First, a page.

Coupling with G. Introduction to signal transduction provides an overview of the many mechanisms that cells employ to create a symbolic representation of their environment. It deals with first messengers (ligands) and receptors and how they interact, their basic pharmacology, and their modes of signal transmission into the cell.
This chapter focuses on signal transduction through transforming growth factor β1 (TGFβ1) receptors, which contain a transmembrane serine/threonine-protein kinase domain. On the basis of their structural and functional properties, the receptors for this family of ligands are divided into two subfamilies, type I and type II (TβR-I and TβR-II).
Cutting-edge and highly practical, Transmembrane Signaling Protocols, Second Edition, makes available to novice and experienced researchers alike the readily reproducible techniques needed to advance the study of signal transduction pathways today.\/span>\"@ en\/a> ; \u00A0\u00A0\u00A0\n schema:description\/a> \" Bioluminescence resonance.ISBN: X OCLC Number: Description: xi, pages: illustrations ; 24 cm.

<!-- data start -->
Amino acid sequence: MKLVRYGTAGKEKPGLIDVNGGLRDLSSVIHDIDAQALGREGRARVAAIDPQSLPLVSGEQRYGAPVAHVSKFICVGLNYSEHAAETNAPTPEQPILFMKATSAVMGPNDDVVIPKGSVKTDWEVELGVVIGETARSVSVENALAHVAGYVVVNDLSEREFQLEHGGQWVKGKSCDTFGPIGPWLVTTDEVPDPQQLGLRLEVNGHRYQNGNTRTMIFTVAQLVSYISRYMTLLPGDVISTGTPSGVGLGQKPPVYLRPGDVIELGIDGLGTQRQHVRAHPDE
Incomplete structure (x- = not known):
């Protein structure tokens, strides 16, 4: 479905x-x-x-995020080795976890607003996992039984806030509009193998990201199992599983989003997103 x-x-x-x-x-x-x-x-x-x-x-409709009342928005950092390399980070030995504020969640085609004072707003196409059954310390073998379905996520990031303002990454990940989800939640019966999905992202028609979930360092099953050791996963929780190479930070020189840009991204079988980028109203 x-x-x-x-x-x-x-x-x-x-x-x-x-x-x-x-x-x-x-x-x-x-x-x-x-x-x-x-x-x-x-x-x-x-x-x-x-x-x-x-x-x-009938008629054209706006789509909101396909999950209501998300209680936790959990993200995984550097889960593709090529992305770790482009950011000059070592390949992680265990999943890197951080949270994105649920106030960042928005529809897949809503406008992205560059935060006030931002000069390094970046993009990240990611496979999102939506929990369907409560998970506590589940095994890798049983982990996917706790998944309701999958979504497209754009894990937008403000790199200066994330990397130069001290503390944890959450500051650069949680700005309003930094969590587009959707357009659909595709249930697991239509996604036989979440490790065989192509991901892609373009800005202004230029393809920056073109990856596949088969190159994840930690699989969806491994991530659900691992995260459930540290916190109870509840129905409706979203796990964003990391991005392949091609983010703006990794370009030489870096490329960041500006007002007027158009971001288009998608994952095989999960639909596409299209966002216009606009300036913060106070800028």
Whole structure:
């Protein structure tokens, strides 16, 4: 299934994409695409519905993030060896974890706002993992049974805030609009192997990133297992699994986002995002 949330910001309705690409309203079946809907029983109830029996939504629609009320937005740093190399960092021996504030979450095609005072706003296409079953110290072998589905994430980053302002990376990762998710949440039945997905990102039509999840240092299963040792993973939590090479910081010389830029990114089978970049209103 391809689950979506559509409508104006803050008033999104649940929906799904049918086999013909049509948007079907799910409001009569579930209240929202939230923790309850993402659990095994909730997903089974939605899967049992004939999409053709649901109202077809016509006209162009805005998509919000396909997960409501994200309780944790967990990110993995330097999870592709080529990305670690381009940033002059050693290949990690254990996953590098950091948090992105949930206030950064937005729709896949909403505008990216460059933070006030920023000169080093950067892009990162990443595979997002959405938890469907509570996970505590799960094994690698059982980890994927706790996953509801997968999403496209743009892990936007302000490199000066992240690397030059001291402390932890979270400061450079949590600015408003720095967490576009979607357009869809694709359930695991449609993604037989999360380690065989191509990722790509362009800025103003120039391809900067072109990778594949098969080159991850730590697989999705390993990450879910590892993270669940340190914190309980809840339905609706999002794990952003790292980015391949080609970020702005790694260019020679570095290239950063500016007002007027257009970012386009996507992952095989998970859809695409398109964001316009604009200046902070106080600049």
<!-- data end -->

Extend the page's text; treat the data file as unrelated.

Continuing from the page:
Contents: Transmembrane signaling by G protein-coupled receptors / Louis M. Luttrell --Crosstalk coregulation mechanisms of G protein-coupled receptors and receptor tyrosine kinases / Kanchana Nataranjan and Bradford C.
Berk. Book. TOC. Actions. Share. Biochemistry of Signal Transduction and Regulation Signal Transmission via Transmembrane Receptors with Tyrosine‐Specific Protein Kinase Activity (Pages: ) Request permissions; CHAPTER no Intracellular Signal Transduction: The Protein Cascades of the MAP Kinase Pathways (Pages: ) .